Um, yes. Two reviews of Katherine Reay books in just over a week. Because I got this from the library last Saturday and began devouring it immediately. And I do mean "devouring" -- this book's protag, Elizabeth/Lizzy, is a chef. And while I like learning about interior decorating now and then, which featured prominently in The Bronte Plot, I love to cook and adore baking, so that's one reason I liked this book even better than that one.
Now, I don't consider myself a "foodie" because I'm not into gourmet food, I don't grind my own herbs and spices (unless I've grown them myself), and I don't make up my own recipes very often. But I do have a recipe blog, and I truly enjoy preparing and eating food. Reading this book made me hungry.
So anyway, about this book. Lizzy is a chef and runs an expensive restaurant in New York City. But she's been thrown off her groove lately because her sister Jane has cancer. Their mom died of cancer, so she's pretty freaked about this. She takes a sort of stress break from work and flies to Seattle to see her dad and sister, with whom she doesn't have exactly a close and warm and loving relationship. And then she meets a guy, and she cooks a lot of food, and she works through her relationship problems with her sister and figures out stuff about her past and gets to know her niece and nephew and brother-in-law better, and that all sounds kind of boring and/or depressing, but it's not. It's beautiful. I liked The Bronte Plot, but I loved Lizzy & Jane.
I also cried a lot over it, but in a good way, if that makes any sense. Not happy crying, but more "what if it was me facing the potential of leaving her kids for good." I'm going to be flying most of the way across the country without my kids this summer, leaving them for almost a week for the first time ever (well, we left 2 of them at Grandpa and Grammy's overnight once...) and I'm kind of wigging out over the idea that what if I died on that trip and they had to live the rest of their lives without me? Something I'm doing a lot of praying about already, even though my trip is six months away. So somehow, reading this book helped me kind of figure out exactly what was concerning me the most about that impending trip and know better how to pray about it.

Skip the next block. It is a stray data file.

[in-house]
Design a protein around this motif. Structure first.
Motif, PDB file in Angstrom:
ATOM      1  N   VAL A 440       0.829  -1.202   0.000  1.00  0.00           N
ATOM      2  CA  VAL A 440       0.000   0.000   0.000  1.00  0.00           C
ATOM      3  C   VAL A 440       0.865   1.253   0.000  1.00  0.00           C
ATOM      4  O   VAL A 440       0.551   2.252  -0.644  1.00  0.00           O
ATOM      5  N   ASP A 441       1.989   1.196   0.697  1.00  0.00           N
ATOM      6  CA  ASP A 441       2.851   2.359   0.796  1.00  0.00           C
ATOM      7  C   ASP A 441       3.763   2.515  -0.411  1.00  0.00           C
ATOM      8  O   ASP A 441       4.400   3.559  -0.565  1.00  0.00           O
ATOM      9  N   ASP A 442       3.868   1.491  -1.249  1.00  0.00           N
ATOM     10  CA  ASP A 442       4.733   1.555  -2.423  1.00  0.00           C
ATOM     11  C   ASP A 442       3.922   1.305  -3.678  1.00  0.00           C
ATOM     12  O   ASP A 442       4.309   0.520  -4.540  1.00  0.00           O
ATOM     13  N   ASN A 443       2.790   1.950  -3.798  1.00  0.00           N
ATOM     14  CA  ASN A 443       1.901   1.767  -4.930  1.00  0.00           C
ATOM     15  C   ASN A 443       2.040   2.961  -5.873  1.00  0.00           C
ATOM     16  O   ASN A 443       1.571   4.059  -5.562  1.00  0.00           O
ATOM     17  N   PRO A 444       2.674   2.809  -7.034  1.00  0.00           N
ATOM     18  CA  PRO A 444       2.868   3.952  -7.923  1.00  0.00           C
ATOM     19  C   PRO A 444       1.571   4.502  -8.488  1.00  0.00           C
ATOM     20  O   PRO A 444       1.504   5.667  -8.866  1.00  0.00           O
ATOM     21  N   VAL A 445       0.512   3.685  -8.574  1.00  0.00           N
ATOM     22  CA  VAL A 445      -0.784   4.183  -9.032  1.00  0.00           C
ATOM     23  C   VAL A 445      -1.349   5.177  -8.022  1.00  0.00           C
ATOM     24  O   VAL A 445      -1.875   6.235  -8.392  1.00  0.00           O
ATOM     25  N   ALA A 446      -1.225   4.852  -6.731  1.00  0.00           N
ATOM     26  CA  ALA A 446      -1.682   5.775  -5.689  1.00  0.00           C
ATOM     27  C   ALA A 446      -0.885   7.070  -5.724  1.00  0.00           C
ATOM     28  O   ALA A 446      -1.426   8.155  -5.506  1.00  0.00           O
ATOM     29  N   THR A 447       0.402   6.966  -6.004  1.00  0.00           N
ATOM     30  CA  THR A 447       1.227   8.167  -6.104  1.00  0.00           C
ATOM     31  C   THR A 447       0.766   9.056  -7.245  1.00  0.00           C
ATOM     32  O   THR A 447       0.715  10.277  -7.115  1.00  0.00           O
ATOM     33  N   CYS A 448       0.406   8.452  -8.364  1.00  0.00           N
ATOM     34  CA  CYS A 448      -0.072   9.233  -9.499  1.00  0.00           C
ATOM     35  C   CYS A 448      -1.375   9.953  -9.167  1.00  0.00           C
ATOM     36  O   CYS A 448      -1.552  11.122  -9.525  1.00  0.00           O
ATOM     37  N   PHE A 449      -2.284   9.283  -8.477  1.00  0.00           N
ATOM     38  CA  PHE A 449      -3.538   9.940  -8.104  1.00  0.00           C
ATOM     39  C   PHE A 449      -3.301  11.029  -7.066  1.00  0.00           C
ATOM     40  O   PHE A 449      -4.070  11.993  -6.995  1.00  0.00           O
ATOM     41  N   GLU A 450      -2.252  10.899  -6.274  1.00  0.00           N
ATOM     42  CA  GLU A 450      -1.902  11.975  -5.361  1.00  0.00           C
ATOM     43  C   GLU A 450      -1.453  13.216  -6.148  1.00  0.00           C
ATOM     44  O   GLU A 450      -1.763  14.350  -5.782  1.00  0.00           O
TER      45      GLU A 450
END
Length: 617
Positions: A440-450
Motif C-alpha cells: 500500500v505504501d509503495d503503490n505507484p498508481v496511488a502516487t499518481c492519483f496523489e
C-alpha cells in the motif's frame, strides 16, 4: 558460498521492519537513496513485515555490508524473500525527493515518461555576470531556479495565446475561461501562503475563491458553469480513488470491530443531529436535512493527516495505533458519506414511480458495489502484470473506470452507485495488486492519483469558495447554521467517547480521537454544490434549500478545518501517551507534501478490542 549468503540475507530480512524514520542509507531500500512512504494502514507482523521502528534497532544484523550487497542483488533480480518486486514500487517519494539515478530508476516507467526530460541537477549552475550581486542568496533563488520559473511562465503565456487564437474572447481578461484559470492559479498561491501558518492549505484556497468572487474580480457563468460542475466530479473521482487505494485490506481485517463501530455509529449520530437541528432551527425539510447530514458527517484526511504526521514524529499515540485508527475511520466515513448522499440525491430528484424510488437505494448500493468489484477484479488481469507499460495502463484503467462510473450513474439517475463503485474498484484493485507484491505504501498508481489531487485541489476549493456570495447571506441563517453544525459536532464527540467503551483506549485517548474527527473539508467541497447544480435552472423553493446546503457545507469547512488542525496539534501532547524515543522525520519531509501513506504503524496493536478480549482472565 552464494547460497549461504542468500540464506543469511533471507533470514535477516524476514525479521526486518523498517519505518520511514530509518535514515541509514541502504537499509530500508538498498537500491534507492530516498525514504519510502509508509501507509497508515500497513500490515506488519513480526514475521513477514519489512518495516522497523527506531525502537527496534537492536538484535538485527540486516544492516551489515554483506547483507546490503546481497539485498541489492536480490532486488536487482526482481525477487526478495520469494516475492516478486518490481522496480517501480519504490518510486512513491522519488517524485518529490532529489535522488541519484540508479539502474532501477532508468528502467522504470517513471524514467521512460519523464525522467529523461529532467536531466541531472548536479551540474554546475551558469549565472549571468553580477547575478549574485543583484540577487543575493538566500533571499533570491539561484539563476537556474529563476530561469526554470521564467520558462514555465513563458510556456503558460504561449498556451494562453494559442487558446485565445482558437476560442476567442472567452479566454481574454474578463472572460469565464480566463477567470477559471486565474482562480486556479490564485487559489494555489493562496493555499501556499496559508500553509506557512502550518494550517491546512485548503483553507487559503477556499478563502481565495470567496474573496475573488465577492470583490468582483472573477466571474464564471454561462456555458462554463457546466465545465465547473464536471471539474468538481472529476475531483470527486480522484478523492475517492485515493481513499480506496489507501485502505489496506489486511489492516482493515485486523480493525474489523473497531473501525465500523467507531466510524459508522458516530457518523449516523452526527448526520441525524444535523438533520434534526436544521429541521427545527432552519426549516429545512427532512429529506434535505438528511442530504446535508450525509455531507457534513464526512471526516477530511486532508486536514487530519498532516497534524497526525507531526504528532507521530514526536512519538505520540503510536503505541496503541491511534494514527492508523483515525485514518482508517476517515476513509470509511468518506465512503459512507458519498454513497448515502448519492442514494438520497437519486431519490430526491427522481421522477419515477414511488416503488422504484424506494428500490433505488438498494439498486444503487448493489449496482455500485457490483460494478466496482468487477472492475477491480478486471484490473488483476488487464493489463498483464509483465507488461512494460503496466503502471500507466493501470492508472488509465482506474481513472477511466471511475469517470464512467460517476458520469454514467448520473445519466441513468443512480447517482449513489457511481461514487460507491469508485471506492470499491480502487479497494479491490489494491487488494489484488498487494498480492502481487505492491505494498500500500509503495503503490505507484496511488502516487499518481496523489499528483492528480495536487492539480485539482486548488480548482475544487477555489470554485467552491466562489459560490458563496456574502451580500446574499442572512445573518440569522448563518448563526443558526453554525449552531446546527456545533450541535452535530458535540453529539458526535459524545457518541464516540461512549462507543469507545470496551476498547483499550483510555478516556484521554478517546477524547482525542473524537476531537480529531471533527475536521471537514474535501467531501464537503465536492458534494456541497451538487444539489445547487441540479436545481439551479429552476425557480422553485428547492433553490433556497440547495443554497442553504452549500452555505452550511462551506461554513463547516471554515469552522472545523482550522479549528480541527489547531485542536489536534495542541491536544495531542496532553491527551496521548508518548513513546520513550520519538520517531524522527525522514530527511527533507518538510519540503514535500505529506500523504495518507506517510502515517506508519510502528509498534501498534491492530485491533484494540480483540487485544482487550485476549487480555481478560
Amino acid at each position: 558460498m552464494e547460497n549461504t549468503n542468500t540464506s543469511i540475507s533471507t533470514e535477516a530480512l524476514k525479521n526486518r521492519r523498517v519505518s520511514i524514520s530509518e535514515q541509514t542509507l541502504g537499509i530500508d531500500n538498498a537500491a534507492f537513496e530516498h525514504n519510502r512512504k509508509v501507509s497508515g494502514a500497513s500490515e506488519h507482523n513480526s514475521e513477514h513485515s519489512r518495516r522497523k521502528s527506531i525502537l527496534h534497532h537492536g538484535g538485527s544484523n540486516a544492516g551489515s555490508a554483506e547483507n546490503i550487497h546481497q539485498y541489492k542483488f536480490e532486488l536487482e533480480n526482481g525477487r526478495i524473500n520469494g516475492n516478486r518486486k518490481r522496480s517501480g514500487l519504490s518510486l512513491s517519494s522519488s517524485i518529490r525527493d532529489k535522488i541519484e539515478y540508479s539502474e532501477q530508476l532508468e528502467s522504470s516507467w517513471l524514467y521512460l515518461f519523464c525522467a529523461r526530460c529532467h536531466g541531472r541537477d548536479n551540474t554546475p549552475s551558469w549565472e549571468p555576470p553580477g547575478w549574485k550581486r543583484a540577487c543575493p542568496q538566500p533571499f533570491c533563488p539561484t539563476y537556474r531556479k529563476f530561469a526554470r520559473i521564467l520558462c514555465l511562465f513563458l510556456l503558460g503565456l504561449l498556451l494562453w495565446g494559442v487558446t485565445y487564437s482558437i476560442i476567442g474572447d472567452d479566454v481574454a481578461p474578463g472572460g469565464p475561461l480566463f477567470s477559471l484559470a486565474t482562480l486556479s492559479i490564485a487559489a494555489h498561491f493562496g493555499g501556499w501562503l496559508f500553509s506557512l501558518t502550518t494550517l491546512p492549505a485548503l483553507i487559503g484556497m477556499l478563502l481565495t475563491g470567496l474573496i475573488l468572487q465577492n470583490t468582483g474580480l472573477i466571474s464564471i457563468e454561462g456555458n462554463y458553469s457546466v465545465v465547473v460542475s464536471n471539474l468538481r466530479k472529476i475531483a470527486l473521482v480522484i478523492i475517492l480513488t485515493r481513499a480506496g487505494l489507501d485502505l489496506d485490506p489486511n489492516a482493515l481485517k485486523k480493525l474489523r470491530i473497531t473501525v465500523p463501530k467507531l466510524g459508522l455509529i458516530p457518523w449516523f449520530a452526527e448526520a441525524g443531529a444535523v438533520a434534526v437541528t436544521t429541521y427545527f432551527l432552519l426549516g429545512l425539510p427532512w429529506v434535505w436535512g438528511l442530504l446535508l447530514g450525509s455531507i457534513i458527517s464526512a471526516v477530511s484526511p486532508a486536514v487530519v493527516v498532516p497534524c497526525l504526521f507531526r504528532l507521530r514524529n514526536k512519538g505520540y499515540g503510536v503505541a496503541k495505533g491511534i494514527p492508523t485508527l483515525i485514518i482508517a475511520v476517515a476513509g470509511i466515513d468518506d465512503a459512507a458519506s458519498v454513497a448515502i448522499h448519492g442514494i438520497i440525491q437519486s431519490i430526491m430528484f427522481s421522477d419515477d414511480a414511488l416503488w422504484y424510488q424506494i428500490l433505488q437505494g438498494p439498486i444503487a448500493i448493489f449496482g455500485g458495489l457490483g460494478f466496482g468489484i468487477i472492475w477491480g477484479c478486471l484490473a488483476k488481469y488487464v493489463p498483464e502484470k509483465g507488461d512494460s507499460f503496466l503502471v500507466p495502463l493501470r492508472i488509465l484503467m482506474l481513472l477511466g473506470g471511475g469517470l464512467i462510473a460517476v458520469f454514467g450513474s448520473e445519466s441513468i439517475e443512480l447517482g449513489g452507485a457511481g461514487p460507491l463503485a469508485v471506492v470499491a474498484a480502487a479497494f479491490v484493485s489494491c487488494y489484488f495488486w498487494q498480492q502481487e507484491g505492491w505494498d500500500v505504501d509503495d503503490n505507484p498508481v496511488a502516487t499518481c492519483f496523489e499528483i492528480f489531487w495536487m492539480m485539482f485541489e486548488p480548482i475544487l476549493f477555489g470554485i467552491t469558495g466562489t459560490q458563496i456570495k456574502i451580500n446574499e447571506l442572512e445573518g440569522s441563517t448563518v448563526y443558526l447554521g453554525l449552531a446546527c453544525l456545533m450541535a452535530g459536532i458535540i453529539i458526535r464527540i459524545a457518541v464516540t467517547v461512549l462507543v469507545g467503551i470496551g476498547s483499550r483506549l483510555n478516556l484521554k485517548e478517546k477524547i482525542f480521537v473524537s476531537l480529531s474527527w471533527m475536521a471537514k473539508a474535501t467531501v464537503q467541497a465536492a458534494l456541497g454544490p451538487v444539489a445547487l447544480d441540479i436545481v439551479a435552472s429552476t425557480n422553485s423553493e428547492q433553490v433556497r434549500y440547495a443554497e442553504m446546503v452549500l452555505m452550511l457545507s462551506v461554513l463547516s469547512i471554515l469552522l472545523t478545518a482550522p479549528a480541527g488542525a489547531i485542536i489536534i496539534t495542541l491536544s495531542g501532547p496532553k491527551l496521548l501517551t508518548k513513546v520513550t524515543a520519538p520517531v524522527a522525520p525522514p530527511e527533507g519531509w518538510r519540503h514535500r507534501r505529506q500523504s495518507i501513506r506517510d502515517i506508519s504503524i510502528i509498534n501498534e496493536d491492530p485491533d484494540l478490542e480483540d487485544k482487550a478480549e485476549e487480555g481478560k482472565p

Anyway, good book. Also, in case you can't tell by now, this is not a retelling of Pride and Prejudice. Jane Austen's books do figure into the story, but if you haven't read them, you'll still enjoy this book. If you have read them, you'll get what the characters are talking about when they discuss the books, but it's not a prerequisite.
One thing did bug me about this, though. It's supposedly a work of Christian fiction, and it does contain more discussions of God and living a godly life than The Bronte Plot did. A Bible verse reference here and there. But they were all about how God makes our lives better or helps us endure things. Nothing about Jesus. No law, no Gospel. Nobody in this book ever goes to church. Nobody says, "Hey, you know, because we're forgiven by God for our sins, we need to go forgive other people too. Maybe you should think about that." It's nominal Christianity only, vague and more Deistic than anything, and that bugged me.
I'm not a fan of Christian fiction that has sermons sandwiched into every third chapter, an obligatory conversion story line, and a required quotient of Jesus references. But if characters are supposed to be Christians, I expect them to act more like God truly matters in their lives. "By your fruits, you will know them" (Matthew 7:16), in other words. However, if you don't think of this as "Christian fiction" and instead "fiction that Christians would be comfortable reading," then it works well.
Particularly Good Bits:
Without ever losing sight or diminishing Anne's reality and social limitations, Austen gave her and all of us the soft, steady hope of second chances, happiness, true love, and the promise that life might be better close to thirty than it was at eighteen (p. 241).
If This Was a Movie, I Would Rate It: PG-13 for a brief discussion between sisters about how cancer affects your hormones and sex life. It's not salacious, it's matter-of-fact and minor, but it's there.